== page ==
Fast Housing Market. Slow Documentation.
The housing market might be heating up and home interest rates are still low. But tighter government oversight of loan documentation is slowing down the ability of potential homeowners to get on board.
The idea behind the new rules is to eliminate the sort of reckless lending that partly fueled the housing bubble – the type of lending that led some unscrupulous lenders to offer “no document” loans, where no proof of income or assets were required to obtain huge home mortgages. But well-intended rules often have unintended consequences.
“This requirement has caused many home loan delays recently as Fannie Mae and Freddie Mac are cracking down on every aspect of the loan documentation in order to reduce loan defaults,” our CEO, Kevin C. Miller, said on the TexasLending.com Mortgage Hour radio show (airing Saturdays on AM 570 KLIF from 1:00 p.m. to 2:00 p.m.).
For example, The Mortgage Bankers Association is forecasting a 32 percent drop this year in the number of refinances, despite the fact that home interest rates are historically low.
Bloomberg gives a helpful anecdote demonstrating how this affects everyday people:
Anthony Andrade was forced to rent the San Antonio, Texas home he planned to buy after Bank of America Corp. approved a mortgage and then scuttled three closings over two months with last-minute document requests.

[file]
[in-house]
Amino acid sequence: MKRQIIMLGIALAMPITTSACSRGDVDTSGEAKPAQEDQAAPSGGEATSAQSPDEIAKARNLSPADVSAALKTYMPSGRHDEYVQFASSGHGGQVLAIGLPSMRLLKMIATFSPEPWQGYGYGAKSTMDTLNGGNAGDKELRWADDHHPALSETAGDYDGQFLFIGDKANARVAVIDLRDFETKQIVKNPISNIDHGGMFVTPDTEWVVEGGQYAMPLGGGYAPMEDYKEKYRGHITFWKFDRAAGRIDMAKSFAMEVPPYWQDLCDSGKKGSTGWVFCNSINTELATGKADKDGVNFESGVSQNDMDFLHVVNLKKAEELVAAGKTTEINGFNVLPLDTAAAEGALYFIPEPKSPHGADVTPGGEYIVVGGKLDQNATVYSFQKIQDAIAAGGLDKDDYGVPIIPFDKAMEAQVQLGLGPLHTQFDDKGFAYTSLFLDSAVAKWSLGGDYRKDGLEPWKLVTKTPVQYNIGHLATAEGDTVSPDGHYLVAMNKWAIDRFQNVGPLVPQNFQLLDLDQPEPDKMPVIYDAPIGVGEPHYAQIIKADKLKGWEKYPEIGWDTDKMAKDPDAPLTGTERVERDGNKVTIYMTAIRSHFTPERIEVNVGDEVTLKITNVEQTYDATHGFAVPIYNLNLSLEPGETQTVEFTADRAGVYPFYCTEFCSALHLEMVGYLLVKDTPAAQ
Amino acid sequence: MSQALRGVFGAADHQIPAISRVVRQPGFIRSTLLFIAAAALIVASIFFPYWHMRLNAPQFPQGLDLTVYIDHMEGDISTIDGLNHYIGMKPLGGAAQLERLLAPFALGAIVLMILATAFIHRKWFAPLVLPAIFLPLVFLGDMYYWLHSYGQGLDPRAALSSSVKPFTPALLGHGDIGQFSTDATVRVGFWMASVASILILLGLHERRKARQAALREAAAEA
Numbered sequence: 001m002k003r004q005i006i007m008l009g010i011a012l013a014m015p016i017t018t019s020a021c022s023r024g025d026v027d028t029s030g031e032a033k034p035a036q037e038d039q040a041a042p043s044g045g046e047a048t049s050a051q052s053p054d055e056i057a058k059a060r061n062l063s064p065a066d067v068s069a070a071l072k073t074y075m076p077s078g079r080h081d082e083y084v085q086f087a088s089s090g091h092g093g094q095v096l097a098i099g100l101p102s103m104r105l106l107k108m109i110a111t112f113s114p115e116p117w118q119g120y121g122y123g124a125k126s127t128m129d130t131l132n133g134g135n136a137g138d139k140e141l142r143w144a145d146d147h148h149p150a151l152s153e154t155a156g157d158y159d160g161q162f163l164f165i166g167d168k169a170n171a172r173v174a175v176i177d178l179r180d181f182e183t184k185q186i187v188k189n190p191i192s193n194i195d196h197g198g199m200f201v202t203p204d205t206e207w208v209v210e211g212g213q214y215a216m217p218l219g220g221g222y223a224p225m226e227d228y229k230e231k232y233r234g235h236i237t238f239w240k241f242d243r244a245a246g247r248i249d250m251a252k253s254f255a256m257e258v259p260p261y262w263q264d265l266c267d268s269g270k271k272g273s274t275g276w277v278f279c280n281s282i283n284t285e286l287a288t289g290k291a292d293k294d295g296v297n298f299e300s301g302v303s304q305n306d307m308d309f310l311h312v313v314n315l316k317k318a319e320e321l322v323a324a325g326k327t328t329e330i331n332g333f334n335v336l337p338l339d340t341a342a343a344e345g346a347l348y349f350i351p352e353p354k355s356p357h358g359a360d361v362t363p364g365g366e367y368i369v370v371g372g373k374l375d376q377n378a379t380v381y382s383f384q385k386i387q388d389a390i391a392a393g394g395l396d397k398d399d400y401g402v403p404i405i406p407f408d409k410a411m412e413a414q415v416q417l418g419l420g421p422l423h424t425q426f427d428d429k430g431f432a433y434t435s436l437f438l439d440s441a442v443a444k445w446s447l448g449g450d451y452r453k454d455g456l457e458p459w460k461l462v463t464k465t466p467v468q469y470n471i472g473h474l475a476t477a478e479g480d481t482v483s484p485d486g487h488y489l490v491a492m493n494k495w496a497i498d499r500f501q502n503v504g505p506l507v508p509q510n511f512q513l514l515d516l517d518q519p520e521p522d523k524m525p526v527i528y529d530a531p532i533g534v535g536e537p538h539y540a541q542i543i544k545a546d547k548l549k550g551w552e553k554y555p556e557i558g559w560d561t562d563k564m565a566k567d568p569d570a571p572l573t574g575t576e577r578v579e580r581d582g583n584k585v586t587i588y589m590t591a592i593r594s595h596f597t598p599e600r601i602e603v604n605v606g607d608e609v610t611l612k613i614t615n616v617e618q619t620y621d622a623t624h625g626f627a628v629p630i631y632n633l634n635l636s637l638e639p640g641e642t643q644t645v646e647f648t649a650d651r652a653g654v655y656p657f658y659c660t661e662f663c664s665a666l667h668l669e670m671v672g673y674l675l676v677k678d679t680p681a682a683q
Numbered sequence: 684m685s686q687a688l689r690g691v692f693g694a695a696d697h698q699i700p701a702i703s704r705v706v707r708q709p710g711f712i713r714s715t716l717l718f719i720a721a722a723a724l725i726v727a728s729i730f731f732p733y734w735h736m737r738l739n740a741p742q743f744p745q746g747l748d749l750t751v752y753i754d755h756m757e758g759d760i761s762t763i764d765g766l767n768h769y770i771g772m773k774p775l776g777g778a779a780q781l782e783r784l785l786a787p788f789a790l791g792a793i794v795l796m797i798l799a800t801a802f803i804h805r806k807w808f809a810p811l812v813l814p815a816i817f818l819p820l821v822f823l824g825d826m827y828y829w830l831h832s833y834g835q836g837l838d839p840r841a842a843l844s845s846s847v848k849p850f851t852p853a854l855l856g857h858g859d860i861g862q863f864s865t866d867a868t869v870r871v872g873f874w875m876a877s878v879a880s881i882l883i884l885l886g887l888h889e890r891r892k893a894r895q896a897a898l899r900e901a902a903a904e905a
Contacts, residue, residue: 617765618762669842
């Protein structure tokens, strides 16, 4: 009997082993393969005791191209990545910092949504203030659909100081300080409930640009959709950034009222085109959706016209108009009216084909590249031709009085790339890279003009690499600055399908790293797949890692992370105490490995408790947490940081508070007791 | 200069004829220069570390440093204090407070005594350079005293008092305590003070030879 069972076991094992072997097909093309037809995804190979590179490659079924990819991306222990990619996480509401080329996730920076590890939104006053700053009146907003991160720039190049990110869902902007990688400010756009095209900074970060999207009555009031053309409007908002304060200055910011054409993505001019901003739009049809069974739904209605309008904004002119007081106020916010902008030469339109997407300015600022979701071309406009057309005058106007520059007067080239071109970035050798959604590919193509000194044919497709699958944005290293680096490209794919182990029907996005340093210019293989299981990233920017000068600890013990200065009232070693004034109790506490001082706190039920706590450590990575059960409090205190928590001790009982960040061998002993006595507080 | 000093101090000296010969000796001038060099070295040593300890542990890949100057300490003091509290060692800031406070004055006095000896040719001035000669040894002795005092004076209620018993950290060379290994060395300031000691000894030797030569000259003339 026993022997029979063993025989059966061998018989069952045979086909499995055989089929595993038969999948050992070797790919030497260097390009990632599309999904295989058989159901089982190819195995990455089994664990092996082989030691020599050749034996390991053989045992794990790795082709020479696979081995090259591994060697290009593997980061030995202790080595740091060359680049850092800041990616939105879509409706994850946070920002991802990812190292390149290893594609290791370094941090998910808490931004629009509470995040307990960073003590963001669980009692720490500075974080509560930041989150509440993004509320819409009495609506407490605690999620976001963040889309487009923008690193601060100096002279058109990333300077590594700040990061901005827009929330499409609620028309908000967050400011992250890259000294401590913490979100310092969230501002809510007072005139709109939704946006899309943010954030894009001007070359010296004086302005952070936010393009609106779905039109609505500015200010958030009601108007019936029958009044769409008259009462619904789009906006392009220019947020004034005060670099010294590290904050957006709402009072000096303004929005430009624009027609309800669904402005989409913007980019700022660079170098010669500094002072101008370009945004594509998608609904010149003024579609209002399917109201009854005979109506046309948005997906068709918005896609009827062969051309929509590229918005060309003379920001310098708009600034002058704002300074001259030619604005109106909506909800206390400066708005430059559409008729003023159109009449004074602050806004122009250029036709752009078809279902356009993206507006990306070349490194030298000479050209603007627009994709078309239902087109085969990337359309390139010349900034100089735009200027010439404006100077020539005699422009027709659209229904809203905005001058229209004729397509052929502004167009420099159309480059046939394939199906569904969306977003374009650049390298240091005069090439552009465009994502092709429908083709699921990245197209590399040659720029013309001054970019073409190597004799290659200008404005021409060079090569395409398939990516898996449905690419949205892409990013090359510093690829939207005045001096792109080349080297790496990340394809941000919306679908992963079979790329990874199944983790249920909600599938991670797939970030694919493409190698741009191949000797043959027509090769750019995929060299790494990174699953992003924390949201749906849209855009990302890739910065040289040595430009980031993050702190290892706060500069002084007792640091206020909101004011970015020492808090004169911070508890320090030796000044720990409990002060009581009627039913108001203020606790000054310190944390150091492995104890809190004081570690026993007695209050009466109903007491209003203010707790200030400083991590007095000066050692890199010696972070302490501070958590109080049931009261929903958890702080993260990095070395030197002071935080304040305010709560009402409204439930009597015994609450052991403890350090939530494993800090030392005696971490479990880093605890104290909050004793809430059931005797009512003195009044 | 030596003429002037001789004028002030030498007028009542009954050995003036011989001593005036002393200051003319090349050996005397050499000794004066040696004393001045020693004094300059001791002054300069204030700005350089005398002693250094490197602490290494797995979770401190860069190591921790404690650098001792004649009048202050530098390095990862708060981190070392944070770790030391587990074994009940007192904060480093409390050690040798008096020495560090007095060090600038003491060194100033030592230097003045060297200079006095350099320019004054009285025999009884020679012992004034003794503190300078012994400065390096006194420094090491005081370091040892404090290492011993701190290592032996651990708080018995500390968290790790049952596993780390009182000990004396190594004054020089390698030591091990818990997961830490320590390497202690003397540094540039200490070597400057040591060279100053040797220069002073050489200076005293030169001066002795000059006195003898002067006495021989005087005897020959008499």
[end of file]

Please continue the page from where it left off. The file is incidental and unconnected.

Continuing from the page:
“It was crazy,” said the 54-year-old Army veteran whose travails ended Jan. 10 after he switched to a local mortgage broker who got the loan backed by the Department of Veterans Affairs approved. “My wife was in tears because I had to sign the same things over and over. If we were superstitious people, we would have thought this house was not meant to be ours.”
“It suppresses a recovery,” said Anthony B. Sanders, a professor of real-estate finance at George Mason University in Fairfax, Virginia and former head of mortgage bond research at Deutsche Bank AG. “The pendulum has swung from one direction to another. We’ve gone to outrageous red tape.
For his part, Obama acknowledged the problem, and said earlier this month that he will ask Congress to pass legislation clearing out some of the red tape and help homeowners who have limited documentation refinance (and potentially lower annual home loan payments by $3,000).
Regardless, it’s frustration for folks in need of home purchase loans and home refinance loans in Austin, Dallas and Houston. Here at TexasLending.com, we’re committed to make the home loan process as simple and affordable as possible. So if you’re considering either buying a new home or refinancing your existing mortgage, it’s a good idea to allow extra time to deal with these sorts of snags. Give us a call soon to get the process started.